As chief acolyte of the “hysteresis view”, I must protest!: Benoît Cœuré: Scars that never were? Potential output and slack after the crisis

As Chief Acolyte of the “hysteresis view”, I must protest! The very sharp Benoît Cœuré thinks “hysteresis” means that the sharp downward shock to the level of production in 2008-2010 has caused a permanent fall in the long-run growth rate. But that is not what we ever said: We said that not all of the sharp downward shock to the level of production in 2008-2010 would be made up, not even after decades. We are now one decade after the shock, and so far “not all” means “20%”—only one-fifth of the gap between production after the downward shock and the previous trend has been recouped. I hope and expect that 20% to grow over the next two decades. But it is not going to reach 100%: the “hysteresis view” has proved correct: Benoît Cœuré: Scars that never were? Potential output and slack after the crisis: “To be clear… I do believe that deep recessions can have effects on the supply capacity of the economy that may take some time to unwind…

…The crisis has affected the “intensive margin” of the euro area labour market… people working involuntarily in part-time or temporary positions. But it is not plausible that those effects could be as dramatic and long-lasting as the “hysteresis view” would suggest. Since these workers remained attached to the labour market, they represented a broader definition of slack rather than a new category of structurally unemployed workers…. Such people… had been scratched by the crisis, but not necessarily scarred. This is not to say that these scratches are not deep…. Current estimates of structural unemployment do indeed confirm that the initial revisions were exaggerating the impact the recession would have on labour force participation. And they might currently exaggerate the impact the current expansion might have on lowering structural unemployment…. In other words, it may well be that potential growth fell by less than we estimated during the depths of the crisis, and it is rising by less than we believe as the economy strengthens…. Both the sudden drop in estimated potential growth in 2009, and the sharp rebound thereafter, are likely to be statistical artefacts, at least to some extent….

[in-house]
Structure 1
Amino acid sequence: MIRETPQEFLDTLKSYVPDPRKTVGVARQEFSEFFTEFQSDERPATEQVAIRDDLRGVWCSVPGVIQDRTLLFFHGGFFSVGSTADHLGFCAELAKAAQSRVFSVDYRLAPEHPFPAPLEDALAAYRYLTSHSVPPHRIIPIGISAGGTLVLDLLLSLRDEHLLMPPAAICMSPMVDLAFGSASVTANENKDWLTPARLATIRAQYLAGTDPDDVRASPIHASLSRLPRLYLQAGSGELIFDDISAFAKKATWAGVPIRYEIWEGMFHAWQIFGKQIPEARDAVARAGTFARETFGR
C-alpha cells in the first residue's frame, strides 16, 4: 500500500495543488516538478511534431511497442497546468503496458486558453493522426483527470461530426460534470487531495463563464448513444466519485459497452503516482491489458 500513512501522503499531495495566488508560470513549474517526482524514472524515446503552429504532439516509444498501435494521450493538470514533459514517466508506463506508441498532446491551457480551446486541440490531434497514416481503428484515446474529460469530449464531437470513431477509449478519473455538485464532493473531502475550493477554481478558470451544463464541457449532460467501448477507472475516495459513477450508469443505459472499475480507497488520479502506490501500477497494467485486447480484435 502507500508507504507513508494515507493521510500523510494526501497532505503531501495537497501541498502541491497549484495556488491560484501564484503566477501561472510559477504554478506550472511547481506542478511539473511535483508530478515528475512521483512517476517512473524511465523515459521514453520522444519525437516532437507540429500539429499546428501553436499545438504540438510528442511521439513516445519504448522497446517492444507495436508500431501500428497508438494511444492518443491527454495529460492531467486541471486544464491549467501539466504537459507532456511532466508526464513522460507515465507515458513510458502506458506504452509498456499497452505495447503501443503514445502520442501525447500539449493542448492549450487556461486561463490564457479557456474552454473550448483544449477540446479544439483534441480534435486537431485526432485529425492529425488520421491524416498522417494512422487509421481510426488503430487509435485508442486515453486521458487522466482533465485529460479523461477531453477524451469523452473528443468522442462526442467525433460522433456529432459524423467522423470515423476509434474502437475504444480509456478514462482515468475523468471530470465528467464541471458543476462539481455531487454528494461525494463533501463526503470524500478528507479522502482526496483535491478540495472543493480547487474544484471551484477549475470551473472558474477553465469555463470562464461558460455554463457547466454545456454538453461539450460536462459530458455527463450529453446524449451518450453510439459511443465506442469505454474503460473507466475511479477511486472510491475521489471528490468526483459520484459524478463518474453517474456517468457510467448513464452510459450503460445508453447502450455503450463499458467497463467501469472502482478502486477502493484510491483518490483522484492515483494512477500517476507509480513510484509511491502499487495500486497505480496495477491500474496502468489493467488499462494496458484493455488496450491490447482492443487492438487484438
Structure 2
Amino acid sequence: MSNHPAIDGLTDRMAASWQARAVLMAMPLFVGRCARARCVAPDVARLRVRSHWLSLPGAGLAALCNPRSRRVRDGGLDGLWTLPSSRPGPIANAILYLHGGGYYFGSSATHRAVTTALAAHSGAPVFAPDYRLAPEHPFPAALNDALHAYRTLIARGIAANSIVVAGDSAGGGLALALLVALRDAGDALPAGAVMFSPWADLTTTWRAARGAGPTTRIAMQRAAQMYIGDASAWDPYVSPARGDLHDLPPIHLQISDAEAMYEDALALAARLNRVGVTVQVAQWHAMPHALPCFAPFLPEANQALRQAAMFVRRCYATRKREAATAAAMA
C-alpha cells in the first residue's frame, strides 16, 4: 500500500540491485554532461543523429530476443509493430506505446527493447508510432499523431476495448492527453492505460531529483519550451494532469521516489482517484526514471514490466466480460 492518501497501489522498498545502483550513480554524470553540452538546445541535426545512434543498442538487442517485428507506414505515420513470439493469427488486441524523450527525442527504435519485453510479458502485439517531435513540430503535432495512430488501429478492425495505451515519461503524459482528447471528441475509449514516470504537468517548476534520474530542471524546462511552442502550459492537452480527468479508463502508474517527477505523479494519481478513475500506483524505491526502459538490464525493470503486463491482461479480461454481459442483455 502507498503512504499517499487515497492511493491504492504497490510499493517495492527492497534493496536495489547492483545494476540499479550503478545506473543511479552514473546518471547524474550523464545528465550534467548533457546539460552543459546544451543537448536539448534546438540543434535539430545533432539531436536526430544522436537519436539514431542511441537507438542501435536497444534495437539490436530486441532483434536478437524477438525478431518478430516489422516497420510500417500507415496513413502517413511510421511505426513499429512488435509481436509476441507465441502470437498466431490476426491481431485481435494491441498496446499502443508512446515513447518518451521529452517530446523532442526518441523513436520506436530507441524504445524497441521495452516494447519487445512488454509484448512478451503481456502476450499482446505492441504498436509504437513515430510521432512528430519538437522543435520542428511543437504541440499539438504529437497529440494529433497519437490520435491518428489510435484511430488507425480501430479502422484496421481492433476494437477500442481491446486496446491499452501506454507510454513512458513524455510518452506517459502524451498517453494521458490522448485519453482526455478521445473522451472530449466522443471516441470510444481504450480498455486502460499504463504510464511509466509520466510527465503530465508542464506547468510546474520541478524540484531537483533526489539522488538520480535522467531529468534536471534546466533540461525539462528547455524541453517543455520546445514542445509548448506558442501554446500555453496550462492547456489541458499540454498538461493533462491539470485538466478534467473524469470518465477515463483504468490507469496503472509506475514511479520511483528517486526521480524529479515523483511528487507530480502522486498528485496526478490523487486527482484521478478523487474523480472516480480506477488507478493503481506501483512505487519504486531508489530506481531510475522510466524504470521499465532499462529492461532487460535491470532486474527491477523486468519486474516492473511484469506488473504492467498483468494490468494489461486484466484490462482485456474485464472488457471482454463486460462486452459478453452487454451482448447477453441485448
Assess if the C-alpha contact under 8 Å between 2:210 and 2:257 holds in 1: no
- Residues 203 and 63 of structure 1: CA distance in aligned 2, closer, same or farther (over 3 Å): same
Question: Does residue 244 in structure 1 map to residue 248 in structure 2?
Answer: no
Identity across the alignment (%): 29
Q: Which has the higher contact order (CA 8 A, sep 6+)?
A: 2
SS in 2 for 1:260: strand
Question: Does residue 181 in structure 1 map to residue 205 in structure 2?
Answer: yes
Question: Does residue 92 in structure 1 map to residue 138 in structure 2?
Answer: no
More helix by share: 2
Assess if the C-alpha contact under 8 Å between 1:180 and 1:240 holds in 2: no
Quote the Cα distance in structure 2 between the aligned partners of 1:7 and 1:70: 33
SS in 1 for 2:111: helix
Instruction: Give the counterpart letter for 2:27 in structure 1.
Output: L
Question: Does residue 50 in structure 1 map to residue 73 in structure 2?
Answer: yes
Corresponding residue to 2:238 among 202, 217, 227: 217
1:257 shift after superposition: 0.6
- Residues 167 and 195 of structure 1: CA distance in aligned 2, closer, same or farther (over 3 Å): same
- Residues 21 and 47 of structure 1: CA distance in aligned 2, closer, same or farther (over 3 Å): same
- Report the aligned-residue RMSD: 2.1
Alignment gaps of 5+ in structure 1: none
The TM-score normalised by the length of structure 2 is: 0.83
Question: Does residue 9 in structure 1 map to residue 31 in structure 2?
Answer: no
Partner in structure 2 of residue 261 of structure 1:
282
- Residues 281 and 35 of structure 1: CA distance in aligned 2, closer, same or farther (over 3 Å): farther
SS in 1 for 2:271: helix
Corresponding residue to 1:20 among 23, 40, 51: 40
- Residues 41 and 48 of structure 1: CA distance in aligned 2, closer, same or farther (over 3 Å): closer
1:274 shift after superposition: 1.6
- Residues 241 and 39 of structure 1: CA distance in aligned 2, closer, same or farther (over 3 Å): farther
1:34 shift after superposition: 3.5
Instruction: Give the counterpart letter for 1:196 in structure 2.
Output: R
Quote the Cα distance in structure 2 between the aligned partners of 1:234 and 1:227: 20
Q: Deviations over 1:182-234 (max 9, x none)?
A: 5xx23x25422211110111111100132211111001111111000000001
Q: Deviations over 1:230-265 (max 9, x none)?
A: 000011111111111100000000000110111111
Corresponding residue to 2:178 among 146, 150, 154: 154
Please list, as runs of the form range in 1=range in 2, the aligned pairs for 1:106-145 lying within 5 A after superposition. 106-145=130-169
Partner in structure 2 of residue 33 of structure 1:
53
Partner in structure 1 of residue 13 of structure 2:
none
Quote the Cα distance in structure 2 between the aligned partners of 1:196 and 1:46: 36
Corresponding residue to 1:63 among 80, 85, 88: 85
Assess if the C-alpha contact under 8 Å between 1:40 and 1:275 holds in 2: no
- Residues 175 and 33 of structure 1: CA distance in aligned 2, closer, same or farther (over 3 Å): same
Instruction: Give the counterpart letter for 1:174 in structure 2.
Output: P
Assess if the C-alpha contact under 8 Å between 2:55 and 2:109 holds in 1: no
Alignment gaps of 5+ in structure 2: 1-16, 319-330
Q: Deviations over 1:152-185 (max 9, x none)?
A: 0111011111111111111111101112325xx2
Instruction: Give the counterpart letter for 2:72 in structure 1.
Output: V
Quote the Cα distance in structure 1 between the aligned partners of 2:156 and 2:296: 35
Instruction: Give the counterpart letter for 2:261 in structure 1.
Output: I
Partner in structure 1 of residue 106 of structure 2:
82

I would argue that there are two, largely complementary, reasons for cautious optimism. Both are related to the fourth industrial revolution, or the digitisation and automation of our economies. The first… [is] the time it… takes for new technologies to reach critical mass. History suggests that technology usually takes considerable time…. It could be less of a concern that we are not yet seeing the effects of digitisation…. It may simply be a matter of time…. Second… transformation of business models along the lines of digitisation is typically more difficult in periods of weak demand…. This is different from hysteresis effects, where some observers argue that we are permanently entering a “1% economy” of low growth, low inflation and low neutral rates of interest as firms invest less in new capacity and technology, causing productivity growth to stabilise at lower levels and weak potential growth to become self-fulfilling…. Another scratch so to speak, not a scar…

April 26, 2018


Brad DeLong
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